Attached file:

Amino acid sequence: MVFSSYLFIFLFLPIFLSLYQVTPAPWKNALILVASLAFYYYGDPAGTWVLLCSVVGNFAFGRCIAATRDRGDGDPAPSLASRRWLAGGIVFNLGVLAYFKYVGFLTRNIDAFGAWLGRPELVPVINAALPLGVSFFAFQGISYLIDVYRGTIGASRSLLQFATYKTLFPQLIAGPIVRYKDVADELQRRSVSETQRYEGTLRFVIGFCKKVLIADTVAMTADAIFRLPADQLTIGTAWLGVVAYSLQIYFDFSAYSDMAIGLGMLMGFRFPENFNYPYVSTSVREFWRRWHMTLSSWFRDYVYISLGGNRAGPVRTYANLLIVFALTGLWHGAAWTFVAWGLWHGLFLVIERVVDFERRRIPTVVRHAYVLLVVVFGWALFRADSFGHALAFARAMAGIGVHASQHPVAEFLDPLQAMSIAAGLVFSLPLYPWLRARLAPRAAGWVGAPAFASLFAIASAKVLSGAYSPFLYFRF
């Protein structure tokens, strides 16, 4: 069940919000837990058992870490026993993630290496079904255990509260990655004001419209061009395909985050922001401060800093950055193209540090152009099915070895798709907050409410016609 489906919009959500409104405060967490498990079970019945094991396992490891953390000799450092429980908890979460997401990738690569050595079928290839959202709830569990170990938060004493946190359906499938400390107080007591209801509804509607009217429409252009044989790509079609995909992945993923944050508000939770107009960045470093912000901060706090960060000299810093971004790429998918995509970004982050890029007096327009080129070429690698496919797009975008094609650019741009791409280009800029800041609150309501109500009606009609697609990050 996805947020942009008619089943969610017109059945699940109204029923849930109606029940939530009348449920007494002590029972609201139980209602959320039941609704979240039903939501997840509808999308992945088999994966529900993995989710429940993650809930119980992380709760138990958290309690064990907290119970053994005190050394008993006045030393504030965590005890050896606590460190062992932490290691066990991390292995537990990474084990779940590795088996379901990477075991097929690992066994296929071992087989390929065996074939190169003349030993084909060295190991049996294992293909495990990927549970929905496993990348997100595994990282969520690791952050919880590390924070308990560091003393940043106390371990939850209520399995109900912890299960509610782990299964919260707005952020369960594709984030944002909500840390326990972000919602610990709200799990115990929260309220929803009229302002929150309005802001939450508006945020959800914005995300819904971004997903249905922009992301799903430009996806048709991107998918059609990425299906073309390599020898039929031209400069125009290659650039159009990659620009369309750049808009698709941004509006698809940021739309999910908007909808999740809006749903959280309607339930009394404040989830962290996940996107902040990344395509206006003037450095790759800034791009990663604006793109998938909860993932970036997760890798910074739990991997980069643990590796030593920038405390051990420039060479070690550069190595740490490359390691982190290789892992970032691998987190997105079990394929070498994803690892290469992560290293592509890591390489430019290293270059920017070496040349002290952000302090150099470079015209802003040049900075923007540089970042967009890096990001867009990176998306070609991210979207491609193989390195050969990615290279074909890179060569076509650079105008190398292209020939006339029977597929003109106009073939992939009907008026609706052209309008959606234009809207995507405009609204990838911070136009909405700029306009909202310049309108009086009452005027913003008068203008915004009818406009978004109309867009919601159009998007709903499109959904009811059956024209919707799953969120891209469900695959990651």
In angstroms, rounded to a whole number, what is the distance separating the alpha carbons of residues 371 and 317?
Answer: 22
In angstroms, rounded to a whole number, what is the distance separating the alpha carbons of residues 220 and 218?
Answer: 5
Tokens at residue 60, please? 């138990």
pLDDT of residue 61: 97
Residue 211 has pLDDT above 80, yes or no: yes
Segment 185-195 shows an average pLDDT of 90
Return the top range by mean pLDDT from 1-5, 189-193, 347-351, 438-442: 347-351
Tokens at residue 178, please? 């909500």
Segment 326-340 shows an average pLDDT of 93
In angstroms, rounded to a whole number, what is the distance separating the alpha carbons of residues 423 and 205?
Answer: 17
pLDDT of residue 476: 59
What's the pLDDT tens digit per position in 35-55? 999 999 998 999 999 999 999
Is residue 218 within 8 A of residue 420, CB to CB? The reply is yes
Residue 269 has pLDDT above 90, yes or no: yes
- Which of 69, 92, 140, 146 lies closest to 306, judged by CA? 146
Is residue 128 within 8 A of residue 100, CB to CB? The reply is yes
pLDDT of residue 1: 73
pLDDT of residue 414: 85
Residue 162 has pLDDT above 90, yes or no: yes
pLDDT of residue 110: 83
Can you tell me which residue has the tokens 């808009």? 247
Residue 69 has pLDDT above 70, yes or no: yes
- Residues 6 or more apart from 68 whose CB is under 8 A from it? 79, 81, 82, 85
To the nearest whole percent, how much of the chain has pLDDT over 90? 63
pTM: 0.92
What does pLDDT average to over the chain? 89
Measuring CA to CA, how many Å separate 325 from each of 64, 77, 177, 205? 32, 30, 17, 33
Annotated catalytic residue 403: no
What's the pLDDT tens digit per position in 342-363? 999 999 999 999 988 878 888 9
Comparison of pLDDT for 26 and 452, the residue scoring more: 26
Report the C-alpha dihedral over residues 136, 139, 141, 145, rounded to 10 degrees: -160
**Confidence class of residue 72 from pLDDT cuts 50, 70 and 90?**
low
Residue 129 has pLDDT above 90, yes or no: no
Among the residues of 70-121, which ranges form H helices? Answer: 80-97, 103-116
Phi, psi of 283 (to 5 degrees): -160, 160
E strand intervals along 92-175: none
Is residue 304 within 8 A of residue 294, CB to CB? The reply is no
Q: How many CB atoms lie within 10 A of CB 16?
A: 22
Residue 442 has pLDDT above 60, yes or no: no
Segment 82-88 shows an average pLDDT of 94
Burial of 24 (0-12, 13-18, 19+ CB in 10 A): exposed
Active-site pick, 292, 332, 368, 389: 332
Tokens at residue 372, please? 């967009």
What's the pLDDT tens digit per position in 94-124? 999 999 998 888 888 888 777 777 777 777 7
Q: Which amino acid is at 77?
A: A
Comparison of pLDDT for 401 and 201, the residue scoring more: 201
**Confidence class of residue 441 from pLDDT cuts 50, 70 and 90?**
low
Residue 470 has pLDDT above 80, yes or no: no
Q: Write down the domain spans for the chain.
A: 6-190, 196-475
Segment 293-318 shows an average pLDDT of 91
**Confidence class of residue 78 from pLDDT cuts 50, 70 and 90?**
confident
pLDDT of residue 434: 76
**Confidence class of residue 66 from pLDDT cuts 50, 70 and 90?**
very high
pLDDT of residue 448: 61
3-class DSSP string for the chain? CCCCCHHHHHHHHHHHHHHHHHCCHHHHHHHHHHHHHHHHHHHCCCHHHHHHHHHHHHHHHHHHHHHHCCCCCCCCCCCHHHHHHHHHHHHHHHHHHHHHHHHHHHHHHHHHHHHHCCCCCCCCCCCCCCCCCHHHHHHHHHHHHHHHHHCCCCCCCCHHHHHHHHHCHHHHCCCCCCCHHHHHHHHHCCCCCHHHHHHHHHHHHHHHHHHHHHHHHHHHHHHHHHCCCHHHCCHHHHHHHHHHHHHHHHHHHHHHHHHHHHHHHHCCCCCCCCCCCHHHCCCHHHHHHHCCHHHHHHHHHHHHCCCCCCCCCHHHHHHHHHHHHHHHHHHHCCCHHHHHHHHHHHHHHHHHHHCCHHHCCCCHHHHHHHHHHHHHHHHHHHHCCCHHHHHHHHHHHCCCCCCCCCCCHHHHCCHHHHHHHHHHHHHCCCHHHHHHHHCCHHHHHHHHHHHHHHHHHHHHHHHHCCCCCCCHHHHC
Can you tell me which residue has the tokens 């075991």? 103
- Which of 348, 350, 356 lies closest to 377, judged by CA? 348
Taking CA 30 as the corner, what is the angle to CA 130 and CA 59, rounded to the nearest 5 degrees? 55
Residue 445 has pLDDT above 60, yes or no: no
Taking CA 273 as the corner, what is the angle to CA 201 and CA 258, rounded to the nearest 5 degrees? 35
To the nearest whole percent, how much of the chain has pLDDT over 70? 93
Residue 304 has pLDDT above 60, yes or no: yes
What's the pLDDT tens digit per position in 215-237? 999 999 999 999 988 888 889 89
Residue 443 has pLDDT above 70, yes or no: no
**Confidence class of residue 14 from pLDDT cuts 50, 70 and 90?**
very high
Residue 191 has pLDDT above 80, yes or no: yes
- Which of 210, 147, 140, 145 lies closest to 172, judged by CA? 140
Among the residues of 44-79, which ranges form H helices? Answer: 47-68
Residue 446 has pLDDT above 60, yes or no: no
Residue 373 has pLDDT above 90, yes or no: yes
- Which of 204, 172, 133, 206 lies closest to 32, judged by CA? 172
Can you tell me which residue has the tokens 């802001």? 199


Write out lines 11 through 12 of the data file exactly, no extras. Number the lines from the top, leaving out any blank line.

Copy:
Return the top range by mean pLDDT from 1-5, 189-193, 347-351, 438-442: 347-351
Tokens at residue 178, please? 């909500």